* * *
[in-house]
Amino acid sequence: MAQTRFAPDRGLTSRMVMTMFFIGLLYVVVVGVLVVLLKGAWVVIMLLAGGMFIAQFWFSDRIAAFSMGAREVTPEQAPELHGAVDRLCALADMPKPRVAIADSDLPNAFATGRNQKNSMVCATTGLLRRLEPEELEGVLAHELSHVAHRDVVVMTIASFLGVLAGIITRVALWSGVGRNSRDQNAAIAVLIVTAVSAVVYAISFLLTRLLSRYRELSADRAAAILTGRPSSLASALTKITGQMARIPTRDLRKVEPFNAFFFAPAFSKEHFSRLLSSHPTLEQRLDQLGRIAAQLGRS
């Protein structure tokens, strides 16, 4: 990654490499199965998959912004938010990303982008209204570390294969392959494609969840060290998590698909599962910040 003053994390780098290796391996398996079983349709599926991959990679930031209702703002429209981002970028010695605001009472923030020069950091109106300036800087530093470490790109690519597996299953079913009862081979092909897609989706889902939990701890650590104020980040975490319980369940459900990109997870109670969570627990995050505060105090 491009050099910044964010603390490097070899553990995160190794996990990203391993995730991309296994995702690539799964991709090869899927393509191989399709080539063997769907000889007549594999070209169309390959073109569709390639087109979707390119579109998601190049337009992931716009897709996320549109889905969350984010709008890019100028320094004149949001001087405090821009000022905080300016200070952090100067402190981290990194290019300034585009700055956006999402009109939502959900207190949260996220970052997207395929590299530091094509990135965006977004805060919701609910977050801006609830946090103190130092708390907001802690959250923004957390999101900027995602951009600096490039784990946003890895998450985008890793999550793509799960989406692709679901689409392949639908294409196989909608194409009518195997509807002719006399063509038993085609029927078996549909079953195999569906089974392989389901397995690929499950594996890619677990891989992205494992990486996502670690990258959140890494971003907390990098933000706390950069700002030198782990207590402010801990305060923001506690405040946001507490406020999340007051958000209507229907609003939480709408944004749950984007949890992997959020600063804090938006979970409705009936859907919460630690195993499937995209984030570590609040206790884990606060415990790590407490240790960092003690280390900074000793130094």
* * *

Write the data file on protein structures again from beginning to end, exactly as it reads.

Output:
[in-house]
Amino acid sequence: MAQTRFAPDRGLTSRMVMTMFFIGLLYVVVVGVLVVLLKGAWVVIMLLAGGMFIAQFWFSDRIAAFSMGAREVTPEQAPELHGAVDRLCALADMPKPRVAIADSDLPNAFATGRNQKNSMVCATTGLLRRLEPEELEGVLAHELSHVAHRDVVVMTIASFLGVLAGIITRVALWSGVGRNSRDQNAAIAVLIVTAVSAVVYAISFLLTRLLSRYRELSADRAAAILTGRPSSLASALTKITGQMARIPTRDLRKVEPFNAFFFAPAFSKEHFSRLLSSHPTLEQRLDQLGRIAAQLGRS
């Protein structure tokens, strides 16, 4: 990654490499199965998959912004938010990303982008209204570390294969392959494609969840060290998590698909599962910040 003053994390780098290796391996398996079983349709599926991959990679930031209702703002429209981002970028010695605001009472923030020069950091109106300036800087530093470490790109690519597996299953079913009862081979092909897609989706889902939990701890650590104020980040975490319980369940459900990109997870109670969570627990995050505060105090 491009050099910044964010603390490097070899553990995160190794996990990203391993995730991309296994995702690539799964991709090869899927393509191989399709080539063997769907000889007549594999070209169309390959073109569709390639087109979707390119579109998601190049337009992931716009897709996320549109889905969350984010709008890019100028320094004149949001001087405090821009000022905080300016200070952090100067402190981290990194290019300034585009700055956006999402009109939502959900207190949260996220970052997207395929590299530091094509990135965006977004805060919701609910977050801006609830946090103190130092708390907001802690959250923004957390999101900027995602951009600096490039784990946003890895998450985008890793999550793509799960989406692709679901689409392949639908294409196989909608194409009518195997509807002719006399063509038993085609029927078996549909079953195999569906089974392989389901397995690929499950594996890619677990891989992205494992990486996502670690990258959140890494971003907390990098933000706390950069700002030198782990207590402010801990305060923001506690405040946001507490406020999340007051958000209507229907609003939480709408944004749950984007949890992997959020600063804090938006979970409705009936859907919460630690195993499937995209984030570590609040206790884990606060415990790590407490240790960092003690280390900074000793130094």